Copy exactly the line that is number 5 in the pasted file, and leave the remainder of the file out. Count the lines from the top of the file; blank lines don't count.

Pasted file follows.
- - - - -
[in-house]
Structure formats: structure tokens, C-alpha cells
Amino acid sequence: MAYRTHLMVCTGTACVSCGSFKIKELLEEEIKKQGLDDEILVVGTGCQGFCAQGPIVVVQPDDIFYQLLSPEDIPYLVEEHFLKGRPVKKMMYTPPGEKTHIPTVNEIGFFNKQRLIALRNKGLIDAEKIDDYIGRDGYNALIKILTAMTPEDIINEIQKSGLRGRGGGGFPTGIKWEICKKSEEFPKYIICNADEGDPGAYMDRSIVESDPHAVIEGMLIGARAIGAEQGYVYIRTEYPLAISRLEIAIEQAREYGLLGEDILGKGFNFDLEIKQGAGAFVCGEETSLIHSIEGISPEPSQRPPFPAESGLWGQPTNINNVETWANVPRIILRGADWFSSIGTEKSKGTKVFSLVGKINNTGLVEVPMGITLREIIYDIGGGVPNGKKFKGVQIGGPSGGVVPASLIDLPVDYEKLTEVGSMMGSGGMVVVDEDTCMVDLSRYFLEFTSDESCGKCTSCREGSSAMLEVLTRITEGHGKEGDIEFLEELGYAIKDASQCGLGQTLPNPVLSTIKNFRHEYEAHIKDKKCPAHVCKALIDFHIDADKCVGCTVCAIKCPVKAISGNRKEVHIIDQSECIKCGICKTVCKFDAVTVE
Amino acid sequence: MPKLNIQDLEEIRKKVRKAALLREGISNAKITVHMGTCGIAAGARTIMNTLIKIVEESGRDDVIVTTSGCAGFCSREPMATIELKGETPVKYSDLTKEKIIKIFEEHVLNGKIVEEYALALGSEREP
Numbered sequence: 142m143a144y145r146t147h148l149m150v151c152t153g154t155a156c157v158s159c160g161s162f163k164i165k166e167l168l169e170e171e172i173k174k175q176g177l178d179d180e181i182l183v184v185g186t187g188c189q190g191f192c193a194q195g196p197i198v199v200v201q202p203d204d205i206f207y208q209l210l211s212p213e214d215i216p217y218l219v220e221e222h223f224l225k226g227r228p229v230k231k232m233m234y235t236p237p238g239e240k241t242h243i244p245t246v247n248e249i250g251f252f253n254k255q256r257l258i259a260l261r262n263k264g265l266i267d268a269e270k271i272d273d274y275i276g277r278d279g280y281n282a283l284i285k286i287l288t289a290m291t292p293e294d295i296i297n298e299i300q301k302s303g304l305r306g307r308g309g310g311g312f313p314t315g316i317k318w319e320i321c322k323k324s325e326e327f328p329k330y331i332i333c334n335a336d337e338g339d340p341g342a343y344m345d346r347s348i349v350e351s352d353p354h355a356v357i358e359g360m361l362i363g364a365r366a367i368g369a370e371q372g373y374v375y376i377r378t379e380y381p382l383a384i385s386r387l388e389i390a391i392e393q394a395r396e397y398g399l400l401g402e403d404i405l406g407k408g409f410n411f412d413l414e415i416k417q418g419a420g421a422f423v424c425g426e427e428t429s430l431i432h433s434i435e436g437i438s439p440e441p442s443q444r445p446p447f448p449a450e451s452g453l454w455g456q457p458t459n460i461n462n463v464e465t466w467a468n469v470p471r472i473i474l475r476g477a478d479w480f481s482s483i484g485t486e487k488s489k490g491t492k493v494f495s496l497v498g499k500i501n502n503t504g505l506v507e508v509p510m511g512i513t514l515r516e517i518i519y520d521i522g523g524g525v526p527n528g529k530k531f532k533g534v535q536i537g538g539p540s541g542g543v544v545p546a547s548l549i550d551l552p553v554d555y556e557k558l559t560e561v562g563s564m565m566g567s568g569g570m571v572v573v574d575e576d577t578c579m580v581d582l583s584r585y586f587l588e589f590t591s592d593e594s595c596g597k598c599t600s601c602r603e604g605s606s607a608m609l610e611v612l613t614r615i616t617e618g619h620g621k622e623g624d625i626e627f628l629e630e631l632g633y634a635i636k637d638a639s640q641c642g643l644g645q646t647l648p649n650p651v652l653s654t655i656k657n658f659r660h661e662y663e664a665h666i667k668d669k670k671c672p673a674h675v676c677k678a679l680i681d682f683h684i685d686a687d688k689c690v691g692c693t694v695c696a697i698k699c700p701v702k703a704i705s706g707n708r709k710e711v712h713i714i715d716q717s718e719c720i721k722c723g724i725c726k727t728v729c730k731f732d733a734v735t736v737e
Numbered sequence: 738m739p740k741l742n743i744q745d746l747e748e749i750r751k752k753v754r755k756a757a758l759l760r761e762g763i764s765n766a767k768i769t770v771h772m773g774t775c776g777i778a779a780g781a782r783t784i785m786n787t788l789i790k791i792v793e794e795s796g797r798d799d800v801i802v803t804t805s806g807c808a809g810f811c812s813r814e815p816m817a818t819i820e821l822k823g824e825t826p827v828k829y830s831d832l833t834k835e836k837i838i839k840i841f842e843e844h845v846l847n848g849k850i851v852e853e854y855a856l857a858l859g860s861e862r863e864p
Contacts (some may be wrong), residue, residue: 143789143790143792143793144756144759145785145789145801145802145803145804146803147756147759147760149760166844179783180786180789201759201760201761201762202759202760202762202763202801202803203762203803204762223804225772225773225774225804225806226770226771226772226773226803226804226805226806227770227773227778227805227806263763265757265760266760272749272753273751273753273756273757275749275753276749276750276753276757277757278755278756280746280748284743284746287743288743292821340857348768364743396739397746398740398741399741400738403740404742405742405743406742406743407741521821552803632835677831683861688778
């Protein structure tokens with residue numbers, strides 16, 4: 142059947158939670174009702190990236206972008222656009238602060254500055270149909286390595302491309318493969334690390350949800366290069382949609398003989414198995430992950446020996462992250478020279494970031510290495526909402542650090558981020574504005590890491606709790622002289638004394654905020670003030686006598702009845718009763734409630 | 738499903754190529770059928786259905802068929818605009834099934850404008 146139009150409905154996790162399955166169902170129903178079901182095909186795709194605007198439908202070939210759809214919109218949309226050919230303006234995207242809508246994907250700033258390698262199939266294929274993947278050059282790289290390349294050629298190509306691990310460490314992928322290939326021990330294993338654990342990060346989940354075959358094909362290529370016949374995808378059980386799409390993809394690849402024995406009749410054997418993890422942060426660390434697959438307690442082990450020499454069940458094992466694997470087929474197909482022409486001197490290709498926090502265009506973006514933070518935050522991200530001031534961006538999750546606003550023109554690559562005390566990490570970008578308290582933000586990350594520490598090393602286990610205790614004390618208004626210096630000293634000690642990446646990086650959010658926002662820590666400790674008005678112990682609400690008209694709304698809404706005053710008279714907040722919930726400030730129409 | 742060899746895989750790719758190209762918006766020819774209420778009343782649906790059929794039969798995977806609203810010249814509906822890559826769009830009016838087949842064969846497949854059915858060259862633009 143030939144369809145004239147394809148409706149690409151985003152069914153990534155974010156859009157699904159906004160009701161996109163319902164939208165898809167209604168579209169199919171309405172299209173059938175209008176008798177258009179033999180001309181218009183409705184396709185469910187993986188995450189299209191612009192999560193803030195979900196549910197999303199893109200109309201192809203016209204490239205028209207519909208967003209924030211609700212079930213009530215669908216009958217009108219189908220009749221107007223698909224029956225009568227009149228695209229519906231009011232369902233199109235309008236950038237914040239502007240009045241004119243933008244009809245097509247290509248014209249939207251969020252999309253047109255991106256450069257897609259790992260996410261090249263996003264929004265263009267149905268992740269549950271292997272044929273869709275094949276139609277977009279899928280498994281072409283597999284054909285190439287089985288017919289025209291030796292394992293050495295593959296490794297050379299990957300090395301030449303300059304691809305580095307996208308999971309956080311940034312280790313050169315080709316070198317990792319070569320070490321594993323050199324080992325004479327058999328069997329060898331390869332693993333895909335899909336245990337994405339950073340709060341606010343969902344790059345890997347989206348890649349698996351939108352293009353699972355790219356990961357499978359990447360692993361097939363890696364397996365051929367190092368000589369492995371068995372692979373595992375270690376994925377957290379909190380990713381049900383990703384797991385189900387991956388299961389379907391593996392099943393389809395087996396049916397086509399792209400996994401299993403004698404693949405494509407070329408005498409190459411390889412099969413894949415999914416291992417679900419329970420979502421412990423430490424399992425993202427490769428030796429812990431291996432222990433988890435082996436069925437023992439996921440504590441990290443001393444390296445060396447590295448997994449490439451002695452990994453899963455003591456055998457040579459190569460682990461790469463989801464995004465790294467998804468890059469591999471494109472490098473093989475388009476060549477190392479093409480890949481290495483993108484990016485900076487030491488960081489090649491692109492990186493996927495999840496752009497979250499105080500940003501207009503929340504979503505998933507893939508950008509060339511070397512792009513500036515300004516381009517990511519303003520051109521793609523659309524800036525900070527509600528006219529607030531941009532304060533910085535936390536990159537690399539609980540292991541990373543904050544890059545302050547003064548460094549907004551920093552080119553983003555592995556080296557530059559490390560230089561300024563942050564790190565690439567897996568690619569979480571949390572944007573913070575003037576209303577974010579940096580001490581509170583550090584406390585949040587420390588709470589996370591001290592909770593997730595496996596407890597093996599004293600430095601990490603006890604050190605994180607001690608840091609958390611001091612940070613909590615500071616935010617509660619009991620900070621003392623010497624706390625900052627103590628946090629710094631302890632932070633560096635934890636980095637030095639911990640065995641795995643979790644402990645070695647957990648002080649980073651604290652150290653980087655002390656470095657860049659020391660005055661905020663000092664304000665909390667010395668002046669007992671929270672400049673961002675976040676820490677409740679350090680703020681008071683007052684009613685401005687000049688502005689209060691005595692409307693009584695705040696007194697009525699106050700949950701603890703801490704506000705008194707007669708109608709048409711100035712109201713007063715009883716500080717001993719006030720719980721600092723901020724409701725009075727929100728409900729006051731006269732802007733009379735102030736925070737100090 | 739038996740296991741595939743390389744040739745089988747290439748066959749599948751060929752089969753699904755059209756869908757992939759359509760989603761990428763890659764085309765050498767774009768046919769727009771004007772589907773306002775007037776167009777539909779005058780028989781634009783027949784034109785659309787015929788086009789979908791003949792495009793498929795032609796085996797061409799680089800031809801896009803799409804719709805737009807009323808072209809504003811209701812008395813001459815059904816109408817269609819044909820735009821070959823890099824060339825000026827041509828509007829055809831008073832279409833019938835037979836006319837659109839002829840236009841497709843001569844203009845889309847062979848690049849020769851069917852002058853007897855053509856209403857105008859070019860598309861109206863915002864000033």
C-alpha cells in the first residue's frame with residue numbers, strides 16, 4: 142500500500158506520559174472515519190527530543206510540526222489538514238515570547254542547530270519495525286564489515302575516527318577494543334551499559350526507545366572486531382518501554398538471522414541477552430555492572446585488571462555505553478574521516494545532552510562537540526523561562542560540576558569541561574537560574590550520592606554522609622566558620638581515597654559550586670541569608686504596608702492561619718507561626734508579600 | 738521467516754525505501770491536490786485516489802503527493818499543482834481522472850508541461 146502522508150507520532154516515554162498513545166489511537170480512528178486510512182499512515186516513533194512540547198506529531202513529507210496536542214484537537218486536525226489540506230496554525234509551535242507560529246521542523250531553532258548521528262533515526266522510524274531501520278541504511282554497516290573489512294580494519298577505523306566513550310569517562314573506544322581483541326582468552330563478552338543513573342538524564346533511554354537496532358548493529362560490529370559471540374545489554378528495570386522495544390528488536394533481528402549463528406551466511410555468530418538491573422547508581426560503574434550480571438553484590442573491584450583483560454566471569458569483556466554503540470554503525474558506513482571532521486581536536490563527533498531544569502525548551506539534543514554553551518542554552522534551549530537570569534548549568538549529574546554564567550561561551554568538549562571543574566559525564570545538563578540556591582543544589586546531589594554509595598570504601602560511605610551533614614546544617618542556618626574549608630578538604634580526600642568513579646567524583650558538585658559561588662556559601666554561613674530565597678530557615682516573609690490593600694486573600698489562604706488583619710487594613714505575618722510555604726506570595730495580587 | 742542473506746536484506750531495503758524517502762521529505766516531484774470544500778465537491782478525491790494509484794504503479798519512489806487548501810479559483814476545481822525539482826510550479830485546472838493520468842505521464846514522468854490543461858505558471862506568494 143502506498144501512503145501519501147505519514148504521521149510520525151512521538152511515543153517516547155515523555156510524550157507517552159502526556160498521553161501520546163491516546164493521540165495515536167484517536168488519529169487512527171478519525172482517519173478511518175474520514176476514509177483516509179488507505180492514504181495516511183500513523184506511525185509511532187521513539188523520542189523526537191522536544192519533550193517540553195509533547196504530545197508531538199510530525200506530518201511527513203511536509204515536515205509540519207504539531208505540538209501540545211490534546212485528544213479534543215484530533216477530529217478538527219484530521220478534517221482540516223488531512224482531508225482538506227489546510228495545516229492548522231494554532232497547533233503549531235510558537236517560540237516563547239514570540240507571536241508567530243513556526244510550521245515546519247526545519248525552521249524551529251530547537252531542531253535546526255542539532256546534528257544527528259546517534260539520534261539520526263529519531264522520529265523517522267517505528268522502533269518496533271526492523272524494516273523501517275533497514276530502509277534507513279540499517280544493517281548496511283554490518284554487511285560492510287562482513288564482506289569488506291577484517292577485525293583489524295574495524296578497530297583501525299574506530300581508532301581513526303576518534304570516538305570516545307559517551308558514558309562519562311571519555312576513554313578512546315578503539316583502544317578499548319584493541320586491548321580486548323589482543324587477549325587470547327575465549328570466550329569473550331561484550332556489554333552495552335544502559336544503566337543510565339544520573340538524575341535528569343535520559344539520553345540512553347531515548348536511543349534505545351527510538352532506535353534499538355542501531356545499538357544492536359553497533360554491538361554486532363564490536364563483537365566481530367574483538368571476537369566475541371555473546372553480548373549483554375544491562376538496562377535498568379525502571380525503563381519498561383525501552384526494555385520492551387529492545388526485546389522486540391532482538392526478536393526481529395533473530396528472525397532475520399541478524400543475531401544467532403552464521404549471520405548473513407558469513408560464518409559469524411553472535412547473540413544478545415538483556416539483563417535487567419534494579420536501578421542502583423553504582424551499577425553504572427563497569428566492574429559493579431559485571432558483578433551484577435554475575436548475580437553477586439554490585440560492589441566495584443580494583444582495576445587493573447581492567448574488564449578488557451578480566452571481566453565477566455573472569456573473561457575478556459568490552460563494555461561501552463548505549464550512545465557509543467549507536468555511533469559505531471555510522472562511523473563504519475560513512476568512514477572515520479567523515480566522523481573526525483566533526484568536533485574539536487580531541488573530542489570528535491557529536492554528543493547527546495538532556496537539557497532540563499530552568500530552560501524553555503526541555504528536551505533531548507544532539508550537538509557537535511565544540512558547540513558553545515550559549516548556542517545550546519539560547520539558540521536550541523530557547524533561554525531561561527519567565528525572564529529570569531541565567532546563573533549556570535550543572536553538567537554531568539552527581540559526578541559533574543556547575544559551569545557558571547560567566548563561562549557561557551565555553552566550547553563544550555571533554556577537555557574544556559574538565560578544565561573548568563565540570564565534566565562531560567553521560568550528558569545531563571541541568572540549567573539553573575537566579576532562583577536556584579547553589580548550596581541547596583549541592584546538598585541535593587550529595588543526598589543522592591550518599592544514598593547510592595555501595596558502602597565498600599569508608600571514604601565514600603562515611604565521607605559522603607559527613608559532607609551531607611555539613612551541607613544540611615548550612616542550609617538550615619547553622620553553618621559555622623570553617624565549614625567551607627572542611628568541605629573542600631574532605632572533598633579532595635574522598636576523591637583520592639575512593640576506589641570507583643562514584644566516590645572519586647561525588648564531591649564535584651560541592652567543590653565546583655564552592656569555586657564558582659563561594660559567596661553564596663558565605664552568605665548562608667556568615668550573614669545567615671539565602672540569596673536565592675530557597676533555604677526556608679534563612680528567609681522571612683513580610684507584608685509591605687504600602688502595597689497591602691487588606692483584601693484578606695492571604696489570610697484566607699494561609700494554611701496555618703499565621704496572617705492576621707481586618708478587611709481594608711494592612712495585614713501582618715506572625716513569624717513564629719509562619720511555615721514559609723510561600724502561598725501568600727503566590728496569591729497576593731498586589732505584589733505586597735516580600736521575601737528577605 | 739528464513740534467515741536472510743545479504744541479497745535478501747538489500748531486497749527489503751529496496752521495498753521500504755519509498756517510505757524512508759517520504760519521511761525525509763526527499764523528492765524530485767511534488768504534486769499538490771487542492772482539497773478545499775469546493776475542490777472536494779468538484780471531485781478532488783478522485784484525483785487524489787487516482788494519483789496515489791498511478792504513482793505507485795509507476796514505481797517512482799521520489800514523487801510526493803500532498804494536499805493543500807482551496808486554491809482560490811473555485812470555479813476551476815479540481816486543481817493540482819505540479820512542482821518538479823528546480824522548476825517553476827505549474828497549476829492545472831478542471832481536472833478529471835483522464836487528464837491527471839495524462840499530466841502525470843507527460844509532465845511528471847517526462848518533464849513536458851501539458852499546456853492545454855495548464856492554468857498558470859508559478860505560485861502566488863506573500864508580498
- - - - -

Numbered sequence: 142m143a144y145r146t147h148l149m150v151c152t153g154t155a156c157v158s159c160g161s162f163k164i165k166e167l168l169e170e171e172i173k174k175q176g177l178d179d180e181i182l183v184v185g186t187g188c189q190g191f192c193a194q195g196p197i198v199v200v201q202p203d204d205i206f207y208q209l210l211s212p213e214d215i216p217y218l219v220e221e222h223f224l225k226g227r228p229v230k231k232m233m234y235t236p237p238g239e240k241t242h243i244p245t246v247n248e249i250g251f252f253n254k255q256r257l258i259a260l261r262n263k264g265l266i267d268a269e270k271i272d273d274y275i276g277r278d279g280y281n282a283l284i285k286i287l288t289a290m291t292p293e294d295i296i297n298e299i300q301k302s303g304l305r306g307r308g309g310g311g312f313p314t315g316i317k318w319e320i321c322k323k324s325e326e327f328p329k330y331i332i333c334n335a336d337e338g339d340p341g342a343y344m345d346r347s348i349v350e351s352d353p354h355a356v357i358e359g360m361l362i363g364a365r366a367i368g369a370e371q372g373y374v375y376i377r378t379e380y381p382l383a384i385s386r387l388e389i390a391i392e393q394a395r396e397y398g399l400l401g402e403d404i405l406g407k408g409f410n411f412d413l414e415i416k417q418g419a420g421a422f423v424c425g426e427e428t429s430l431i432h433s434i435e436g437i438s439p440e441p442s443q444r445p446p447f448p449a450e451s452g453l454w455g456q457p458t459n460i461n462n463v464e465t466w467a468n469v470p471r472i473i474l475r476g477a478d479w480f481s482s483i484g485t486e487k488s489k490g491t492k493v494f495s496l497v498g499k500i501n502n503t504g505l506v507e508v509p510m511g512i513t514l515r516e517i518i519y520d521i522g523g524g525v526p527n528g529k530k531f532k533g534v535q536i537g538g539p540s541g542g543v544v545p546a547s548l549i550d551l552p553v554d555y556e557k558l559t560e561v562g563s564m565m566g567s568g569g570m571v572v573v574d575e576d577t578c579m580v581d582l583s584r585y586f587l588e589f590t591s592d593e594s595c596g597k598c599t600s601c602r603e604g605s606s607a608m609l610e611v612l613t614r615i616t617e618g619h620g621k622e623g624d625i626e627f628l629e630e631l632g633y634a635i636k637d638a639s640q641c642g643l644g645q646t647l648p649n650p651v652l653s654t655i656k657n658f659r660h661e662y663e664a665h666i667k668d669k670k671c672p673a674h675v676c677k678a679l680i681d682f683h684i685d686a687d688k689c690v691g692c693t694v695c696a697i698k699c700p701v702k703a704i705s706g707n708r709k710e711v712h713i714i715d716q717s718e719c720i721k722c723g724i725c726k727t728v729c730k731f732d733a734v735t736v737e